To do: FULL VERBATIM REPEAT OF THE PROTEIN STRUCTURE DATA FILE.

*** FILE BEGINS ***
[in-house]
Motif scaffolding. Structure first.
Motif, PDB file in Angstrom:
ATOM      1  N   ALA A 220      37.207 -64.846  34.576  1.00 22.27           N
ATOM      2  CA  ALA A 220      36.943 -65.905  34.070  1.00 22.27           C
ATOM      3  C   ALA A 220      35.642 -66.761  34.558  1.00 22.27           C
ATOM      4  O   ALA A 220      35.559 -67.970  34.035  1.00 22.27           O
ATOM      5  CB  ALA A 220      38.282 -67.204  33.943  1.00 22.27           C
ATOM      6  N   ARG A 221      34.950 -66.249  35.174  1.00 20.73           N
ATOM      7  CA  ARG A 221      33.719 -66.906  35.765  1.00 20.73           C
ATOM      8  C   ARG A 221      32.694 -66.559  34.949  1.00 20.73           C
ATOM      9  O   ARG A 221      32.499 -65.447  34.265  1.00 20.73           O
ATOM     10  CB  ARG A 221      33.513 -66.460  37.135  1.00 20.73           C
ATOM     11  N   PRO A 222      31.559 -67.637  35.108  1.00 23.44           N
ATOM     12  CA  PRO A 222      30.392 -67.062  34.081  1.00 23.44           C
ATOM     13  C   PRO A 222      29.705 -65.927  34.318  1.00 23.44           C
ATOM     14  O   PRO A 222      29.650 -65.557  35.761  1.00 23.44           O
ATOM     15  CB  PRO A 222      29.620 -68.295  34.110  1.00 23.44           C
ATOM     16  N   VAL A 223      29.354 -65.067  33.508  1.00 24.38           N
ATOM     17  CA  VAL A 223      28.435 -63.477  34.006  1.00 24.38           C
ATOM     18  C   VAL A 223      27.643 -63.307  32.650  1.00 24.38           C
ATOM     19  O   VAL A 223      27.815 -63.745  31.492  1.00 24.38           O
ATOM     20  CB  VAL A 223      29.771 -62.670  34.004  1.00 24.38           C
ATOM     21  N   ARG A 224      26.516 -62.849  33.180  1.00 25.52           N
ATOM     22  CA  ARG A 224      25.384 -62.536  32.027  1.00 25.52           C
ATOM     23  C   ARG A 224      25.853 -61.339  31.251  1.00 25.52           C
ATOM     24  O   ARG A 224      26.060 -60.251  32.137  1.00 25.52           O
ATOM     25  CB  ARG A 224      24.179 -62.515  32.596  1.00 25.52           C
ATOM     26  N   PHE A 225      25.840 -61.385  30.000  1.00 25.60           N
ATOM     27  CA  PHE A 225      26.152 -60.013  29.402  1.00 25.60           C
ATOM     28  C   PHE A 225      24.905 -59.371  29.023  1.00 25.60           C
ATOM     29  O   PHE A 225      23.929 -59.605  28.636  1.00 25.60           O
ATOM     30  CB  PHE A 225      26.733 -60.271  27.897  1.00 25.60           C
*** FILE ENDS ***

[in-house]
Motif scaffolding. Structure first.
Motif, PDB file in Angstrom:
ATOM      1  N   ALA A 220      37.207 -64.846  34.576  1.00 22.27           N
ATOM      2  CA  ALA A 220      36.943 -65.905  34.070  1.00 22.27           C
ATOM      3  C   ALA A 220      35.642 -66.761  34.558  1.00 22.27           C
ATOM      4  O   ALA A 220      35.559 -67.970  34.035  1.00 22.27           O
ATOM      5  CB  ALA A 220      38.282 -67.204  33.943  1.00 22.27           C
ATOM      6  N   ARG A 221      34.950 -66.249  35.174  1.00 20.73           N
ATOM      7  CA  ARG A 221      33.719 -66.906  35.765  1.00 20.73           C
ATOM      8  C   ARG A 221      32.694 -66.559  34.949  1.00 20.73           C
ATOM      9  O   ARG A 221      32.499 -65.447  34.265  1.00 20.73           O
ATOM     10  CB  ARG A 221      33.513 -66.460  37.135  1.00 20.73           C
ATOM     11  N   PRO A 222      31.559 -67.637  35.108  1.00 23.44           N
ATOM     12  CA  PRO A 222      30.392 -67.062  34.081  1.00 23.44           C
ATOM     13  C   PRO A 222      29.705 -65.927  34.318  1.00 23.44           C
ATOM     14  O   PRO A 222      29.650 -65.557  35.761  1.00 23.44           O
ATOM     15  CB  PRO A 222      29.620 -68.295  34.110  1.00 23.44           C
ATOM     16  N   VAL A 223      29.354 -65.067  33.508  1.00 24.38           N
ATOM     17  CA  VAL A 223      28.435 -63.477  34.006  1.00 24.38           C
ATOM     18  C   VAL A 223      27.643 -63.307  32.650  1.00 24.38           C
ATOM     19  O   VAL A 223      27.815 -63.745  31.492  1.00 24.38           O
ATOM     20  CB  VAL A 223      29.771 -62.670  34.004  1.00 24.38           C
ATOM     21  N   ARG A 224      26.516 -62.849  33.180  1.00 25.52           N
ATOM     22  CA  ARG A 224      25.384 -62.536  32.027  1.00 25.52           C
ATOM     23  C   ARG A 224      25.853 -61.339  31.251  1.00 25.52           C
ATOM     24  O   ARG A 224      26.060 -60.251  32.137  1.00 25.52           O
ATOM     25  CB  ARG A 224      24.179 -62.515  32.596  1.00 25.52           C
ATOM     26  N   PHE A 225      25.840 -61.385  30.000  1.00 25.60           N
ATOM     27  CA  PHE A 225      26.152 -60.013  29.402  1.00 25.60           C
ATOM     28  C   PHE A 225      24.905 -59.371  29.023  1.00 25.60           C
ATOM     29  O   PHE A 225      23.929 -59.605  28.636  1.00 25.60           O
ATOM     30  CB  PHE A 225      26.733 -60.271  27.897  1.00 25.60           C